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State of mind

Positive Living article • Curt Mason • 7 June 2012

Mindfulness is a buzz word right now. but what does it actually mean to be mindful?

Jon Kabat-Zinn, who created the eight-week Mindfulness Based Stress Reduction (MBSR) program, describes mindfulness as ‘paying attention in a particular way: on purpose, in the present moment, and nonjudgmentally.’

Sound easy? Well, try sitting still for five minutes and concentrate solely on your breath.

Think of nothing else. Very soon you realise that your mind has moved away from the breath and has started to plan dinner or to make a list of things to do.

One of the biggest misconceptions many people have about mindfulness meditation is that once they start practising it, their minds will suddenly turn off and they will fall into blissful silence. How shocking to discover that we can’t just make our minds stop planning for the future or thinking about the past, while all the time missing what is happening in the moment.

It is usually at this point that many people give up and think it’s all too hard or that ‘this meditation stuff is not for me'.

Sadly, they are missing the point.

Meditation is about learning how to tame our crazy wild horse of a brain. It’s about learning how to ride the horse and how to rein it in.

Your mind can be a pretty strange place at the best of times.

At worst, it can feel like a prison where you are both the inmate and the jailer. If you have ever experienced an episode of depression or anxiety this description may seem familiar.

Constantly marinating in our own thoughts of fear and terror or judgment and self-loathing creates a physiological stress response in the body. We literally want to fight, run away or play dead—but with ourselves.

This can get acted out as self-harming behaviours, suicidal thoughts and a numbing down of our senses with substances. Over time, all of these coping strategies become unhealthy and dangerous. Seeking support during these times is vital and one option is mindfulness meditation.

Mindfulness teaches us how to activate our body’s very own stress-release button — our parasympathetic nervous system — through breathing and movement. Through meditation you develop stronger concentration. You start to recognise your thoughts, sensations and emotions with more clarity which makes it easier to attend to them before you get caught up or lost in them. You also get an opportunity to learn about your body and how we have evolved to deal with stress.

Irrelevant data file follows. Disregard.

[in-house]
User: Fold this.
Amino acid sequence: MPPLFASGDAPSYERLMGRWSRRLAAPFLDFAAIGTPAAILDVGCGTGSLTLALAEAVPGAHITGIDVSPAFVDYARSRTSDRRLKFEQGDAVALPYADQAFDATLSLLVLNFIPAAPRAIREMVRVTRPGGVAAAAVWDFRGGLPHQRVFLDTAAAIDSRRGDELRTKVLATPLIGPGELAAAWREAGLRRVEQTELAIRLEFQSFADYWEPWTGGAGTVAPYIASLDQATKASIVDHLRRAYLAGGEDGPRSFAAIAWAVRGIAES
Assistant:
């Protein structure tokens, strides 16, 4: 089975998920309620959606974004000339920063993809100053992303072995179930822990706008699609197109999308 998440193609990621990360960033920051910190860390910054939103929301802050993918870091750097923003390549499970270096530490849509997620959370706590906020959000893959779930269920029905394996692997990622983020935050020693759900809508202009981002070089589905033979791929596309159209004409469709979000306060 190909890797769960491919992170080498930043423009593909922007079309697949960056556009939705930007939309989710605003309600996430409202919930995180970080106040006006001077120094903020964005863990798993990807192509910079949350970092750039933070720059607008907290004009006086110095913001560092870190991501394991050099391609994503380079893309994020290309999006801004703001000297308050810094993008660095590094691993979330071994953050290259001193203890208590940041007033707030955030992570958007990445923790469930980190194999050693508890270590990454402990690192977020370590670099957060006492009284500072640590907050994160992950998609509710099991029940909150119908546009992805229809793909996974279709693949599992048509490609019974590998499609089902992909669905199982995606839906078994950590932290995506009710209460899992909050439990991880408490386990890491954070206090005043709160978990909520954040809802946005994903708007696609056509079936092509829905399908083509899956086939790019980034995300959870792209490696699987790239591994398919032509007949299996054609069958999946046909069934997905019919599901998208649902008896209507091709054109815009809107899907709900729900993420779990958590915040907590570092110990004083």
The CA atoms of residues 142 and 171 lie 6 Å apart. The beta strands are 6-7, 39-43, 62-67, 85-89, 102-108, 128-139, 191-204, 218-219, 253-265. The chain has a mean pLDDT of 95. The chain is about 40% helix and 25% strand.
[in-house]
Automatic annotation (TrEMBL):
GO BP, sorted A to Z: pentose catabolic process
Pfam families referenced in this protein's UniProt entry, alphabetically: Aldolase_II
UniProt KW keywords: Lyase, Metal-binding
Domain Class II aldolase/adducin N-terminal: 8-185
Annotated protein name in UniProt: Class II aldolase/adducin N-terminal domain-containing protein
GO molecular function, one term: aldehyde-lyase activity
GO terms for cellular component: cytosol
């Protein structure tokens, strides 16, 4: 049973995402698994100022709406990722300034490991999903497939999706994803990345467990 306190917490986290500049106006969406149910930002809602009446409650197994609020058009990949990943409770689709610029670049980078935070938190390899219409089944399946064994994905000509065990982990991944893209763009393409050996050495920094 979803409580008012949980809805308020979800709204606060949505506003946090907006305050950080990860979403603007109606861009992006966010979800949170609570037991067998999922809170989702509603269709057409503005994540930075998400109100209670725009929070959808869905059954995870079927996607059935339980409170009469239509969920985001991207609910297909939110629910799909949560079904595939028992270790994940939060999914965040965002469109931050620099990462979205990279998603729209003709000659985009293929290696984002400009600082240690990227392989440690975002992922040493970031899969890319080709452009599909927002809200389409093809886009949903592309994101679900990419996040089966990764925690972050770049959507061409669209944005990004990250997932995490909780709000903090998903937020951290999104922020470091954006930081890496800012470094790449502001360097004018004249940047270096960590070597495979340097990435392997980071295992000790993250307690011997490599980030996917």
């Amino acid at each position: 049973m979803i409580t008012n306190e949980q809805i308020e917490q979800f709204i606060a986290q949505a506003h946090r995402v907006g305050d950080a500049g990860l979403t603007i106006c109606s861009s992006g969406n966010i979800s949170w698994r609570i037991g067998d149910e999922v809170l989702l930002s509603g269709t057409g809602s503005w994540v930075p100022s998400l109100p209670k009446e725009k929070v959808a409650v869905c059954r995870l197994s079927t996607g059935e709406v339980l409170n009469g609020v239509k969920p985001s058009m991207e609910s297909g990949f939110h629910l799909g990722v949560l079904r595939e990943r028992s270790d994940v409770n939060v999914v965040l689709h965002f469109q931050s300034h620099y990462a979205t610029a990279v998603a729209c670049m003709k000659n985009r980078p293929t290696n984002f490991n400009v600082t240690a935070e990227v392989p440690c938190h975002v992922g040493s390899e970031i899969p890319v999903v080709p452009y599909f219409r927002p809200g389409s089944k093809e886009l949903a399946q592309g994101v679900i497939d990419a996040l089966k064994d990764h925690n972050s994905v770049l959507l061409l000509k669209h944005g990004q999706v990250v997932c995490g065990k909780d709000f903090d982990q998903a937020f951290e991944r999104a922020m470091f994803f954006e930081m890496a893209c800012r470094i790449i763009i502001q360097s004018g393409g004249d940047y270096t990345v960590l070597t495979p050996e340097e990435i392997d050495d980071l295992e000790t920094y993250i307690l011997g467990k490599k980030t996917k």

Did you know that our minds are like velcro to bad experiences and teflon to good experiences?

Our ancient cave-dwelling cousins needed to remember where danger might be lurking.

They had a better chance of survival if they retained the negative experience and learned to react quickly. Positive experiences are not going to kill us so there is no need to store them. It’s simply explained. But in today’s world we need to cultivate positive experiences in our daily lives or else things can start to get, well . . . depressing.

One very simple way to cultivate a positive experience is to S.T.O.P.

  1. STOP what you are doing
  2. TAKE a few deep breaths and really feel your whole body breathing
  3. OBSERVE your senses one at a time – feel the breeze on your skin, the smell of cut grass, the sound of the sea or anything that is around you
  4. PROCEED with what you were doing
  5. This is a very simple exercise you can do anywhere and at any time.

    The few deep breaths immediately activate our natural stress release, which then helps us to move our attention away from stressful thoughts and into the present moment. We are then open to pleasant sensations that give our brains those much-needed yummy experiences while giving us a rest from stressful thoughts.

    Curt Mason is a Sydney-based psychotherapist who runs eightweek MBSR programs in his private practice and at ACON. www.therapyspace.com.au

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From Positive Living

This article was first published in the June 2012 issue of Positive Living — more than one year ago.

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